The copy was made by the same copyist, and on the same type of paper, as the previous item in the volume, which was completed on 1 Shaʿbān 1001 (3 May 1593) by an unnamed copyist.The copy appears to be complete.
Dimensions 19.5 × 13.8 (text area 14.3 × 9.2) cm; 15 lines per page. The author and the title are given at the opening of the short treatise. The text area has been frame-ruled. It is written in a medium-large, careful Naskh with occasional vocalization, in black ink with headings and text-breaks in red. Occasionally a tāʾ marbūṭah is written as an everlasting knot. The final recipe and end of the treatise are written within a red ink border. There are catchwords.
There are a very few textual corrections of the text, possibly by the copyist.
The copy is unsigned and undated. It is a nearly complete copy of the poem, with a total of ninety-three couplets.
Dimensions 19.5 × 13.8 (text area c.13.7–15.5 × 7.2–10.5 varying) cm; 17–19 lines per page. The title is given at the end as al-Qaḍāyā al-khams wa-al-ʿishrūn. There is a heading on folio 96a1 reading منظومه لطيفه تجمع علائم ابقراط المنذره بالموت : ‘An elegant poem comprising the prognostics of Hippocrates signalling death’.
The text area has not been ruled. The text is written in a later, much more casual and personal hand than the main item in the volume. The casual and personal Naskh, written in black ink, is not fully dotted and there are some ligatures. On folio 96a the poem is written in two columns (couplets 1–16), but from couplet 17 onwards columns are no longer employed and the verse-breaks are not clearly indicated. On an earlier folio in the volume (folio 19b), giving a brief table of contents, a later ornate hand has described this poem as: وفيه منظومه تتضمن العلايم والاقاريب المنذره بالموت السريع والبطى من نظم المرحوم الشيخ شمس الدين بن مكى عفى الله تعالى عنه In it [the manuscript] is a poem comprising the signs and revelations giving warning of [both] swift and slow death, from the poetry of the late al-shaykh Shams al-Dīn ibn Makkī.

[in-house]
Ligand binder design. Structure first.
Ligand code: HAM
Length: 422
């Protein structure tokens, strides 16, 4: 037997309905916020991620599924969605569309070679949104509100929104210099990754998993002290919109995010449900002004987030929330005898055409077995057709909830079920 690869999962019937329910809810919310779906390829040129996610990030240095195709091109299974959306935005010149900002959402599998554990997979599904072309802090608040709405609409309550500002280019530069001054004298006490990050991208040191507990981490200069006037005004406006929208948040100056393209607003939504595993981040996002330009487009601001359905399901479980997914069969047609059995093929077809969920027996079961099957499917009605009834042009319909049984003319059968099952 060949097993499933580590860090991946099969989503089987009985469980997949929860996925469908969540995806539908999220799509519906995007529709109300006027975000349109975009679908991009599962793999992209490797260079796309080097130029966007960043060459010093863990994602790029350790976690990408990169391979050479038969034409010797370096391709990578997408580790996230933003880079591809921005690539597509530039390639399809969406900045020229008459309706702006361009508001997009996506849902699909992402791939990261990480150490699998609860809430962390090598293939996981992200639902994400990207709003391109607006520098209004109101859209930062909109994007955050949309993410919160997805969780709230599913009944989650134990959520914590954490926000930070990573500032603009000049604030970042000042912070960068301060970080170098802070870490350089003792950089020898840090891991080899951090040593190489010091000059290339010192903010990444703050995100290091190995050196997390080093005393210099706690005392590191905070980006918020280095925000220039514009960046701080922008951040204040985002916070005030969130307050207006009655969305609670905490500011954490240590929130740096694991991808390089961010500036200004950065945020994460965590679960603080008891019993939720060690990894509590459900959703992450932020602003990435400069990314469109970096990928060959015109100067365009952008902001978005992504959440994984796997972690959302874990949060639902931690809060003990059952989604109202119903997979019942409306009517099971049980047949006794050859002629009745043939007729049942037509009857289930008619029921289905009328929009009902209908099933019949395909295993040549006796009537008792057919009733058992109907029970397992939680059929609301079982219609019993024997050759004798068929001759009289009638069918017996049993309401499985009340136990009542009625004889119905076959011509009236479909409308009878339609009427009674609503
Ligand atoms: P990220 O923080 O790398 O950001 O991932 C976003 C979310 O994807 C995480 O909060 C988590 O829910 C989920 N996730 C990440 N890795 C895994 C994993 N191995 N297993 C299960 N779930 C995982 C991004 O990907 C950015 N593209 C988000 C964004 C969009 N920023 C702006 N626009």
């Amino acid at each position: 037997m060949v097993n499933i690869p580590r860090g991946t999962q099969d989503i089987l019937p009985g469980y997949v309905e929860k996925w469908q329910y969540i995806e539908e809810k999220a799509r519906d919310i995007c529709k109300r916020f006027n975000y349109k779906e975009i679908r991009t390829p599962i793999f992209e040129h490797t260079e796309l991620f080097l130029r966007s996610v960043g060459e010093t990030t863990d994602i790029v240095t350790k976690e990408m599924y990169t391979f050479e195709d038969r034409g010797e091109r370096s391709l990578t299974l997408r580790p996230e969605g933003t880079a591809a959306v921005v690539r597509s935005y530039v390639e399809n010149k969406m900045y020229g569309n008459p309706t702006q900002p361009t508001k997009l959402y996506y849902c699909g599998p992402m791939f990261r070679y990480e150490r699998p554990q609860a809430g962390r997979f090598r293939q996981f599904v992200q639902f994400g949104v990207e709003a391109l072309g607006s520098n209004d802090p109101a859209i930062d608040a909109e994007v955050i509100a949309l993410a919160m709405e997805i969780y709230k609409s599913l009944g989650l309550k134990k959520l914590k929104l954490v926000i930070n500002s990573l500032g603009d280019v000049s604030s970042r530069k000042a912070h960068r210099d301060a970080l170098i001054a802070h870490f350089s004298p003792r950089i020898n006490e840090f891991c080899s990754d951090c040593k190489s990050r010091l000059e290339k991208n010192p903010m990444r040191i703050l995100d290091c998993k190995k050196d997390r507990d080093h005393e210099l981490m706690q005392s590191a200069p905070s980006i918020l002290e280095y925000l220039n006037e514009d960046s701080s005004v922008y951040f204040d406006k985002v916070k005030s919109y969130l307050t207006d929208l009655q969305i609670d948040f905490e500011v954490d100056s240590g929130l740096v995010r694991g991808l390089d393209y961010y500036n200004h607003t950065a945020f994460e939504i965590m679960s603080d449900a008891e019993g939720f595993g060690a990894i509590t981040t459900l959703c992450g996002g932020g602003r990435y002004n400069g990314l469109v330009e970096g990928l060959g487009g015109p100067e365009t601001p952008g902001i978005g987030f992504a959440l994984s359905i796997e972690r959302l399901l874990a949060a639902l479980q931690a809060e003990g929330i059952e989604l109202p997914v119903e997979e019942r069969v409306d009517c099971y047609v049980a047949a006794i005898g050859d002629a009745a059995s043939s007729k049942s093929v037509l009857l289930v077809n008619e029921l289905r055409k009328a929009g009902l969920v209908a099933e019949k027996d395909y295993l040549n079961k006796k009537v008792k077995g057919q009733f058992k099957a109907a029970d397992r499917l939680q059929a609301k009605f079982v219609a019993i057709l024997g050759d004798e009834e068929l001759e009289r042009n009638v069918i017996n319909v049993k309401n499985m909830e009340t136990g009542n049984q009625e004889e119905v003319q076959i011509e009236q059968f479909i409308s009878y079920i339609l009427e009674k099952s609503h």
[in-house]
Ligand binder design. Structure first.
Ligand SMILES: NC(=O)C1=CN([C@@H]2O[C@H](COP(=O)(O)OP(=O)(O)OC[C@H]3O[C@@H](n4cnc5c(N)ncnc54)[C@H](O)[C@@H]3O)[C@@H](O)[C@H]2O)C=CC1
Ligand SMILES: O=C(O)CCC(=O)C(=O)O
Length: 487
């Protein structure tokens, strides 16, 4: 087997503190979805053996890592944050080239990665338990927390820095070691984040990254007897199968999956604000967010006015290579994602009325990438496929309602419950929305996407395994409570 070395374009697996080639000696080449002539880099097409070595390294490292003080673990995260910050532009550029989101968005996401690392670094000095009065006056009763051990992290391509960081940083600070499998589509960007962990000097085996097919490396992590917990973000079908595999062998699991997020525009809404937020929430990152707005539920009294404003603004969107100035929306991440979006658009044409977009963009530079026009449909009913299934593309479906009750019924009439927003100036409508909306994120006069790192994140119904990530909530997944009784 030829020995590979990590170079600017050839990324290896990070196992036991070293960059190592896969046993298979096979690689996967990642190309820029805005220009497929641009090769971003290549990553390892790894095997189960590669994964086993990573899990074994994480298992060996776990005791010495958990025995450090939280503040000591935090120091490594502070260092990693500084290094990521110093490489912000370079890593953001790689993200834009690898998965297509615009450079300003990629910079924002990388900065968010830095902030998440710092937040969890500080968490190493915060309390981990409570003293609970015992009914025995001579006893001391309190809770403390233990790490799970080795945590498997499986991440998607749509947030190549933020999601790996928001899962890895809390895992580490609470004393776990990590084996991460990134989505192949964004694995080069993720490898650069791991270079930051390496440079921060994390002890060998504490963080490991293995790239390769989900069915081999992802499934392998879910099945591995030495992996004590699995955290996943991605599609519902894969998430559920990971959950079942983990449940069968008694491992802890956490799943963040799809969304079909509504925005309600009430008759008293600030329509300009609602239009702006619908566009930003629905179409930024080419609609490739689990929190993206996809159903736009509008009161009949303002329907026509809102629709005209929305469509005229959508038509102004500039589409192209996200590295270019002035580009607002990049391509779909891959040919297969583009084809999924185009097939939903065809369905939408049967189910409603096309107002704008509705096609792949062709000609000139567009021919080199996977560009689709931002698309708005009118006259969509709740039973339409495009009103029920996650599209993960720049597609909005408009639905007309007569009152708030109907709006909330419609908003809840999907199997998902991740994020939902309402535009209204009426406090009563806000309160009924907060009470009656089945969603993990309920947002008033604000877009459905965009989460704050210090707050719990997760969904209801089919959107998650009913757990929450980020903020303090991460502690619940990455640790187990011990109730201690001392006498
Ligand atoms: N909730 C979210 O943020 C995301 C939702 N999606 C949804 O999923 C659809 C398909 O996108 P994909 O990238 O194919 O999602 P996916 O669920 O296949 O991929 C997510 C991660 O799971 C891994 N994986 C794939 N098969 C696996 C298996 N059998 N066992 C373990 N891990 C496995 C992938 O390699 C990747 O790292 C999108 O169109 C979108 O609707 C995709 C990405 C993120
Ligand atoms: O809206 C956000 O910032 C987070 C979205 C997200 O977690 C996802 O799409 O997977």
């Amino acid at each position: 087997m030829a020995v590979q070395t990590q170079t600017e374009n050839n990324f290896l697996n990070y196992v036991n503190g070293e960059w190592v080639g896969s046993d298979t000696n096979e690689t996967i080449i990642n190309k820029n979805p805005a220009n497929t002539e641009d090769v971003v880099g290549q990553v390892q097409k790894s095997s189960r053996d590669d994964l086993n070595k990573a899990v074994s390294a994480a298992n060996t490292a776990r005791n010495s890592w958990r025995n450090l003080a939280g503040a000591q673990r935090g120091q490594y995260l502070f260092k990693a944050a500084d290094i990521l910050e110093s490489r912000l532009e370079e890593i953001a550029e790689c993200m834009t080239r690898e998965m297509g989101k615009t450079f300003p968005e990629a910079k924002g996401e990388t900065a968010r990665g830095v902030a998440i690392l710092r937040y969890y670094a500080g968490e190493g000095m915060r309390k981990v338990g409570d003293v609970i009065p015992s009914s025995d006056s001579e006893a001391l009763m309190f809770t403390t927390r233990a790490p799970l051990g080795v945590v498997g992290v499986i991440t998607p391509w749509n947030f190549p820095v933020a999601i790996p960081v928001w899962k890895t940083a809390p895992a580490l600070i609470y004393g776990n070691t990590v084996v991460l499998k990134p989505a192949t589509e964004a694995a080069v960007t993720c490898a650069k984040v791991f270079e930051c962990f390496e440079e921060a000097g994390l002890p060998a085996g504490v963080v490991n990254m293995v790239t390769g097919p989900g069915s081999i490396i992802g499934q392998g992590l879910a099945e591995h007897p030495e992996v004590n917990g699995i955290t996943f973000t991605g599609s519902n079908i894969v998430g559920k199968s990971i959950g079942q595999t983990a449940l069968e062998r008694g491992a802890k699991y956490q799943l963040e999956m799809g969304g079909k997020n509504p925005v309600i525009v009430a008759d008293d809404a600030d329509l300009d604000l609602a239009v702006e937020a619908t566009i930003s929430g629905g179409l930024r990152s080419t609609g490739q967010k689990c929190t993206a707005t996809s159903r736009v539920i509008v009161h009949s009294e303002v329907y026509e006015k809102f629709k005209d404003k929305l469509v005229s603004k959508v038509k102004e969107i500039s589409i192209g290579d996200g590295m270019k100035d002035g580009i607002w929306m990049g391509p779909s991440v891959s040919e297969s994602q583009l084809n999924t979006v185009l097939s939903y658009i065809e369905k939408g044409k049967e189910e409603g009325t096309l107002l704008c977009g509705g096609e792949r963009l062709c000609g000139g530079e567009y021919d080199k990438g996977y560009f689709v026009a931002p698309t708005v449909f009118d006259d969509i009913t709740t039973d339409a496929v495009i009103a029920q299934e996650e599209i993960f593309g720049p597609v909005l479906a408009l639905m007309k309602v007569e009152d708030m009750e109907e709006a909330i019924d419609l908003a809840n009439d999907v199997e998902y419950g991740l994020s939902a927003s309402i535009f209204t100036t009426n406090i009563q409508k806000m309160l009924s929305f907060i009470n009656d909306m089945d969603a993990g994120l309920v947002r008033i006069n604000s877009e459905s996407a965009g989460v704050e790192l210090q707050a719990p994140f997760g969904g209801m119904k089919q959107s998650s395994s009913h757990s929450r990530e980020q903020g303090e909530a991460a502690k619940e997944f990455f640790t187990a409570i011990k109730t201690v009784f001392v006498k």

The reference might be to Shams al-Dīn Muḥammad ibn Makkī (dates uncertain), the author (or compiler) of various poems on medicine, such as on venesection, on the evacuation of humours, and on circumcision, all of which are in Rajaz metre; see Brockelmann, GAL S, ii. 1030 no. 36 (1, 2); al-Munajjid, ṭibb, 330 no. 508; Iskandar, Wellcome, 213, 207−8; and Bethesda, Maryland, NLM, MS. A 34 items 5−7 (Savage-Smith, NLM).
In the margin of folio 96a a later hand has rewritten the first two couplets of the poem. In the margin of 96b a later hand has written the second half of the twenty-first couplet, the second half of the twenty-sixth couplet, and the second half of the twenty-eighth couplet, while in the margin of 97a the second half of couplets seventy-four, seventy-six, and eighty-one are recorded. At the bottom of folio 97b a later hand has written the opening sūrah from the Qurʾān, and a second reader has written a Persian note vertically.
*where Uri misprints CLIX for XLIX f. 97v contains the Fātiḥah
The volume is bound in boards covered with European marbled paper. The doublures are of marbled paper folded over. The endpapers are ivory paper with vertical laid lines and single chain lines.
Provenance and Acquisition
The volume is from the private collection of Jacob Golius (d. 1667) who acquired manuscripts in the 1620s (mostly in Syria). The manuscript was purchased in 1696 by Narcissus Marsh, Archbishop of Armagh.
Bequeathed to the Bodleian by Narcissus Marsh, Archbishop of Armagh, upon his death in 1713.